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Michel-Ange’s mother never learned how to read or write, but “she understands the benefit of knowledge,” says Michel-Ange. That’s why she successfully pushed her four daughters to do their best in school.
It wasn’t easy. She was a single mother, selling water and candy outside an elementary school. An uncle paid for Michel-Ange to go to private secondary school for two years, but then he died, forcing Michel-Ange to transfer to public school. “Tuition was only $10, but we could spend the entire year without finding half of that sum,” she says. And the educational quality was very low: Michel-Ange had teachers who would fail to show up for weeks on end. “So I worked alone and with friends, and demanded help, and that’s how I became so good in math and physics.” Her straight A’s caught the attention of the school’s administrators and others, and Michel-Ange received a scholarship to return to private school, and then eventually learned about HELP.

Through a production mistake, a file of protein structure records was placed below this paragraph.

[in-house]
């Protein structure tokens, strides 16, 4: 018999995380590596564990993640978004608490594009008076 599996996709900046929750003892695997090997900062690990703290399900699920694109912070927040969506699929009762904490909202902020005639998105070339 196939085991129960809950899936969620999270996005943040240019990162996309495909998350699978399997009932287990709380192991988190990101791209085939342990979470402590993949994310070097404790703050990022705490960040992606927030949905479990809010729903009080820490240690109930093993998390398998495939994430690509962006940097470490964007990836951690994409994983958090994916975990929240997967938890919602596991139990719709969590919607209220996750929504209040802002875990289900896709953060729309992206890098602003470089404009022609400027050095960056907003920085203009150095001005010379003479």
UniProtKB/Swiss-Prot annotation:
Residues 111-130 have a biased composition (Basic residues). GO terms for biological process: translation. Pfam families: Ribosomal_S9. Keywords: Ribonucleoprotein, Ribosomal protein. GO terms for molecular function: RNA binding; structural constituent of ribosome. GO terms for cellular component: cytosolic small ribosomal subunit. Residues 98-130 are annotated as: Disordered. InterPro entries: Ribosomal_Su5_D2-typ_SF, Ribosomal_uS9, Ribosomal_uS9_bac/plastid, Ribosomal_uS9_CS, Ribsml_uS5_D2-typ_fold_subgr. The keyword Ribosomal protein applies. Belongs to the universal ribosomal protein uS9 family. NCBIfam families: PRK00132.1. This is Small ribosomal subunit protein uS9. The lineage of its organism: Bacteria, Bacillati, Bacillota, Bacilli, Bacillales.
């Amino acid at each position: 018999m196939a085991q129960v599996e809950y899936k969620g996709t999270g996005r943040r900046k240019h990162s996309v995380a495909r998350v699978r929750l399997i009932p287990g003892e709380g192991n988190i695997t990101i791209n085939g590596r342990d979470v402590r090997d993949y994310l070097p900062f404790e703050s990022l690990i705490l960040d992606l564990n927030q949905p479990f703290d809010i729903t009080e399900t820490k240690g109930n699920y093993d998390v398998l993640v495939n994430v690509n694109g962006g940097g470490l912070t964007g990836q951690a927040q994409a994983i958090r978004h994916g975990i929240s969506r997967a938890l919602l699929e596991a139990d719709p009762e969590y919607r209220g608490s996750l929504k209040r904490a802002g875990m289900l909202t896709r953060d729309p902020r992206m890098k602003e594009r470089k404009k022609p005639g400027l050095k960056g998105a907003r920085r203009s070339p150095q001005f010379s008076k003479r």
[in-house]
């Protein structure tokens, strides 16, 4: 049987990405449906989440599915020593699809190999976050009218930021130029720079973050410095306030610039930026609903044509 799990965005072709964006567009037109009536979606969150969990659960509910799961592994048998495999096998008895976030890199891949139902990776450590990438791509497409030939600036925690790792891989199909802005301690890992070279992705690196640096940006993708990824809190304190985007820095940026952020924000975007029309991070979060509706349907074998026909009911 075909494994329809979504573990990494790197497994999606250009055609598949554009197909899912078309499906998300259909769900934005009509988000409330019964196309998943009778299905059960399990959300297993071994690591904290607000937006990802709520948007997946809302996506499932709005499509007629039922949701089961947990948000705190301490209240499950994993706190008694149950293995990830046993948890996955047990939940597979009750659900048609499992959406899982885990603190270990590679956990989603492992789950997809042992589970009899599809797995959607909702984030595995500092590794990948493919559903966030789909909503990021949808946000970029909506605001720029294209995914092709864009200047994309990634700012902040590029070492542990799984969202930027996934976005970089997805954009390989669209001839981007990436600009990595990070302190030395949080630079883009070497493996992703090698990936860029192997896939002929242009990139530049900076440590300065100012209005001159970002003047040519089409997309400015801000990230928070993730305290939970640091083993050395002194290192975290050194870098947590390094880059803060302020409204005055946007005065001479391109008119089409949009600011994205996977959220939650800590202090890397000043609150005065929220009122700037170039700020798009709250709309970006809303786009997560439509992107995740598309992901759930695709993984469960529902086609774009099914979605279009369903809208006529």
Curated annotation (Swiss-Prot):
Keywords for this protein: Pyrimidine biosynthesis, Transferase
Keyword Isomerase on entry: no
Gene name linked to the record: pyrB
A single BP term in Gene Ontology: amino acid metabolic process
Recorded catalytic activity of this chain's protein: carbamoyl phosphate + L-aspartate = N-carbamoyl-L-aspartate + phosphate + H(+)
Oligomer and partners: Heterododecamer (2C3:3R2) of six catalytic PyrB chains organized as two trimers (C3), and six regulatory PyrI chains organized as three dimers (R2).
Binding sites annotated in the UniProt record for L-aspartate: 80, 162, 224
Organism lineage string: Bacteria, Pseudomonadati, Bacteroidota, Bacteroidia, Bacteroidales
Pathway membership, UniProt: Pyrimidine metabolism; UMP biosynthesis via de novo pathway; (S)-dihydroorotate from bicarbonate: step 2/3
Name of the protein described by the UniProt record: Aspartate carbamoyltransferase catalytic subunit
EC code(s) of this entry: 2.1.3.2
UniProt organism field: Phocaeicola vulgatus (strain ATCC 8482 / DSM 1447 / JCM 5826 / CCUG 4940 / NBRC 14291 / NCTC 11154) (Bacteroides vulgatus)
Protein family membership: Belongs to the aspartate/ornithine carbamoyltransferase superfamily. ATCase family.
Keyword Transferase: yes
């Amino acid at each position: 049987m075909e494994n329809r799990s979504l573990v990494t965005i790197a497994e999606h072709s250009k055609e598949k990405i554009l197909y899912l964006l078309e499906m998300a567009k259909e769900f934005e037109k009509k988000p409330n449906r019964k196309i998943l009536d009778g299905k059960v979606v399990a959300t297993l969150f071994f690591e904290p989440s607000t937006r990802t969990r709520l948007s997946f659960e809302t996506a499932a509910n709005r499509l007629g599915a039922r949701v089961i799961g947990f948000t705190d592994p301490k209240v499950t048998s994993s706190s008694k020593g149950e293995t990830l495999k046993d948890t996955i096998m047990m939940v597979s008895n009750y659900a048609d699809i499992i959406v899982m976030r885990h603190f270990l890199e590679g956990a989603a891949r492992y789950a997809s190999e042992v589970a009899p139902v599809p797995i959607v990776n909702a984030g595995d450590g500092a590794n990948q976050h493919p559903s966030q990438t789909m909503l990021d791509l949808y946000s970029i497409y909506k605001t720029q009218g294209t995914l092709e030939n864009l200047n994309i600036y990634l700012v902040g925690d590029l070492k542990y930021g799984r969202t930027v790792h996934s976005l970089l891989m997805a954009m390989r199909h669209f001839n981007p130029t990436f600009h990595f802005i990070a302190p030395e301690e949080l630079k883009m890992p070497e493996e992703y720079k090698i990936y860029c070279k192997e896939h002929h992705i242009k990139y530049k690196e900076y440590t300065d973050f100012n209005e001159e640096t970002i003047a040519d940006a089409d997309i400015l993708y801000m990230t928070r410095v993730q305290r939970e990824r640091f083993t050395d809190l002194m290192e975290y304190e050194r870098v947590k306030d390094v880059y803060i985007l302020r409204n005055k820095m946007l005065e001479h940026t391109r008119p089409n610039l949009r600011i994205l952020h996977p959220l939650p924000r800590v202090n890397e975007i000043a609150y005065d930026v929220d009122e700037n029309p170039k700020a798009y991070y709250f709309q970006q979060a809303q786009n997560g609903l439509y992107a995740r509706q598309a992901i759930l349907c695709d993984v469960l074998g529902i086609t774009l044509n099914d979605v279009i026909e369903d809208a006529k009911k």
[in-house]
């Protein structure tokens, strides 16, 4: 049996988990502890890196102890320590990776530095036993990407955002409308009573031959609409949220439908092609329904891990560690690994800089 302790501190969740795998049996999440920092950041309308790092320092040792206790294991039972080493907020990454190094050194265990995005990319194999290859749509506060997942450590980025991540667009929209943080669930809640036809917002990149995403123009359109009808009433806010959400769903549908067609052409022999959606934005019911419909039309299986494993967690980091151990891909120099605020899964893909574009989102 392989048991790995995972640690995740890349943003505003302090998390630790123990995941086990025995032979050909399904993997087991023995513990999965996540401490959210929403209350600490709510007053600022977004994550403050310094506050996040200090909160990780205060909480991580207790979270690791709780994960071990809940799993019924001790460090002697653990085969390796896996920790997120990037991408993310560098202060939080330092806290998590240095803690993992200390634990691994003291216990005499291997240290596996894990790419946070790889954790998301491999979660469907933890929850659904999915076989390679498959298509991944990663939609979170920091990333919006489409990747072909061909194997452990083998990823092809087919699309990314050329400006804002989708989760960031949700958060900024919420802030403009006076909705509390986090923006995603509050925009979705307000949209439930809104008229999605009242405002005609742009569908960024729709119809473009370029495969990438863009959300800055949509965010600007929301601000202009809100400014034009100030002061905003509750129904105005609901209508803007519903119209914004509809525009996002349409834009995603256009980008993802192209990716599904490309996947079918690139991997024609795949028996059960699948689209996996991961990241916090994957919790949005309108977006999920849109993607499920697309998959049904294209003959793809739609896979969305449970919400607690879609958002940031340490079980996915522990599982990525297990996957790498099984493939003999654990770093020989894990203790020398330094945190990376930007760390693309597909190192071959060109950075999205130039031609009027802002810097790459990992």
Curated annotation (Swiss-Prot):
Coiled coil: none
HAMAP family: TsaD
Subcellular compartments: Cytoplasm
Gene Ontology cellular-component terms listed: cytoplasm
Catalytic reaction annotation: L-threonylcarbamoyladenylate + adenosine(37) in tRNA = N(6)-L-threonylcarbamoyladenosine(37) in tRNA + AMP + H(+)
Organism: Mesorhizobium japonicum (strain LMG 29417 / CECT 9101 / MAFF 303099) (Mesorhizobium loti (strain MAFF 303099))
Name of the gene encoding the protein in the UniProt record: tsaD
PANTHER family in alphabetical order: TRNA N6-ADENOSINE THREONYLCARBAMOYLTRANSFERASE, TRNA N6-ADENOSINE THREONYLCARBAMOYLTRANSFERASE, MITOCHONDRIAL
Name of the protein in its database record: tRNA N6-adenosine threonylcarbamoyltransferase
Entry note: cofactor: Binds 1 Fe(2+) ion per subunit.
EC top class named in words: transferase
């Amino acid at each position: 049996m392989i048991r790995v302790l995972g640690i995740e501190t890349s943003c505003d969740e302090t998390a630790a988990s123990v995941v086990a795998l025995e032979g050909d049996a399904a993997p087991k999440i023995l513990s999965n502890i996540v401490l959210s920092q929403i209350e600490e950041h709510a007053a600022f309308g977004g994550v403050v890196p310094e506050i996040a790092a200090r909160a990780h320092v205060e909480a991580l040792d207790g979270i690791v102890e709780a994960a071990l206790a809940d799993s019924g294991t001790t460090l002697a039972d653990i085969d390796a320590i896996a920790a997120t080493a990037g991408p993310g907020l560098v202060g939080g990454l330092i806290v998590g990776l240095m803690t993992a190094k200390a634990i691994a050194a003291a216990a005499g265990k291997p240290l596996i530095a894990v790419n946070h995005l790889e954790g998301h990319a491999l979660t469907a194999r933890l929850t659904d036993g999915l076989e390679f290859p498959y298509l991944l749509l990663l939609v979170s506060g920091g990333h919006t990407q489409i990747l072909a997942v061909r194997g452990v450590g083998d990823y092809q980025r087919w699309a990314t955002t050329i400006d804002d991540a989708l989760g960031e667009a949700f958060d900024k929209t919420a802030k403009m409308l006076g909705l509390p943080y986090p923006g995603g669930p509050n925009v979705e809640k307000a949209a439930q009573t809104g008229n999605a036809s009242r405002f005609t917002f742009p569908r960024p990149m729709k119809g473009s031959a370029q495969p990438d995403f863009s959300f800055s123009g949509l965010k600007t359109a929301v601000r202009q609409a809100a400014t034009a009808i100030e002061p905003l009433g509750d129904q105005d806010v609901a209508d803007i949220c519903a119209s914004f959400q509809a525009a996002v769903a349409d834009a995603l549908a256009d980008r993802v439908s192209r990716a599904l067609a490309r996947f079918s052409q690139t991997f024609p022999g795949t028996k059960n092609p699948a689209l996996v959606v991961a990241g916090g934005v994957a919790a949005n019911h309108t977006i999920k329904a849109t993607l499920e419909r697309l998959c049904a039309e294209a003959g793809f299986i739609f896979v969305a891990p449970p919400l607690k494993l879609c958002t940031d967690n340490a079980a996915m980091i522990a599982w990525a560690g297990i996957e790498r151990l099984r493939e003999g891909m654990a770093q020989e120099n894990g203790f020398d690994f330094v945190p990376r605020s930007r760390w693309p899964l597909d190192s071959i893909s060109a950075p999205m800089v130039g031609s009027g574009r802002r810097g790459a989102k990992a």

Michel-Ange now studies computer science and would like to work in telecommunications. The importance of this field hit home after the January 2010 earthquake, when her family was forced to scatter. She was unable to communicate with her mother for months.
“HELP is a family for me,” says Michel-Ange. The organization has also helped her to grow personally, teaching her “to look outside myself… and to reflect.”